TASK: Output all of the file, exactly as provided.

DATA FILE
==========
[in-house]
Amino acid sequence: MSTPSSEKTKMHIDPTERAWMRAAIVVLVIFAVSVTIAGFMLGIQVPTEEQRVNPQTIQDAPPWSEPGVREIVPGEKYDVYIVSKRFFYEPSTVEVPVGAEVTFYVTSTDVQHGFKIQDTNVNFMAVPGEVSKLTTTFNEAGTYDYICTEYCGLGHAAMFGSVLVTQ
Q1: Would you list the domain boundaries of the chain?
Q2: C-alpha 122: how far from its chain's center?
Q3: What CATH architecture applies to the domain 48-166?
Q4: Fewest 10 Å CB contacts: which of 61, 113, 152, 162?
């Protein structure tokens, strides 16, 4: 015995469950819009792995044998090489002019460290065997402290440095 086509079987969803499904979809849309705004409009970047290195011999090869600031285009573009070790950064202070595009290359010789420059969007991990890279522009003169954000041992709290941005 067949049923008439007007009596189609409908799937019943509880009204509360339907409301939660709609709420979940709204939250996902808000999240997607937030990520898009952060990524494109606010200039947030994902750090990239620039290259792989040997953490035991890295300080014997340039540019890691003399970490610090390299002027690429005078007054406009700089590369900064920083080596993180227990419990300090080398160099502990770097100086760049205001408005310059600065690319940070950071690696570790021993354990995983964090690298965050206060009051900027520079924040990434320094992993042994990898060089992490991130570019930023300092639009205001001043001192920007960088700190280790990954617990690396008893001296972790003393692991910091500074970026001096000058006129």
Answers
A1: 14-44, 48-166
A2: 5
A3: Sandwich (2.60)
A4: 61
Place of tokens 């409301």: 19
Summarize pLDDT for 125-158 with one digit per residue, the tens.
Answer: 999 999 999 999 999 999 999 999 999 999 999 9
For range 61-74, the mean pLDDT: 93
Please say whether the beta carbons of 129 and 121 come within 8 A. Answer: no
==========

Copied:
[in-house]
Amino acid sequence: MSTPSSEKTKMHIDPTERAWMRAAIVVLVIFAVSVTIAGFMLGIQVPTEEQRVNPQTIQDAPPWSEPGVREIVPGEKYDVYIVSKRFFYEPSTVEVPVGAEVTFYVTSTDVQHGFKIQDTNVNFMAVPGEVSKLTTTFNEAGTYDYICTEYCGLGHAAMFGSVLVTQ
Q1: Would you list the domain boundaries of the chain?
Q2: C-alpha 122: how far from its chain's center?
Q3: What CATH architecture applies to the domain 48-166?
Q4: Fewest 10 Å CB contacts: which of 61, 113, 152, 162?
């Protein structure tokens, strides 16, 4: 015995469950819009792995044998090489002019460290065997402290440095 086509079987969803499904979809849309705004409009970047290195011999090869600031285009573009070790950064202070595009290359010789420059969007991990890279522009003169954000041992709290941005 067949049923008439007007009596189609409908799937019943509880009204509360339907409301939660709609709420979940709204939250996902808000999240997607937030990520898009952060990524494109606010200039947030994902750090990239620039290259792989040997953490035991890295300080014997340039540019890691003399970490610090390299002027690429005078007054406009700089590369900064920083080596993180227990419990300090080398160099502990770097100086760049205001408005310059600065690319940070950071690696570790021993354990995983964090690298965050206060009051900027520079924040990434320094992993042994990898060089992490991130570019930023300092639009205001001043001192920007960088700190280790990954617990690396008893001296972790003393692991910091500074970026001096000058006129």
Answers
A1: 14-44, 48-166
A2: 5
A3: Sandwich (2.60)
A4: 61
Place of tokens 């409301």: 19
Summarize pLDDT for 125-158 with one digit per residue, the tens.
Answer: 999 999 999 999 999 999 999 999 999 999 999 9
For range 61-74, the mean pLDDT: 93
Please say whether the beta carbons of 129 and 121 come within 8 A. Answer: no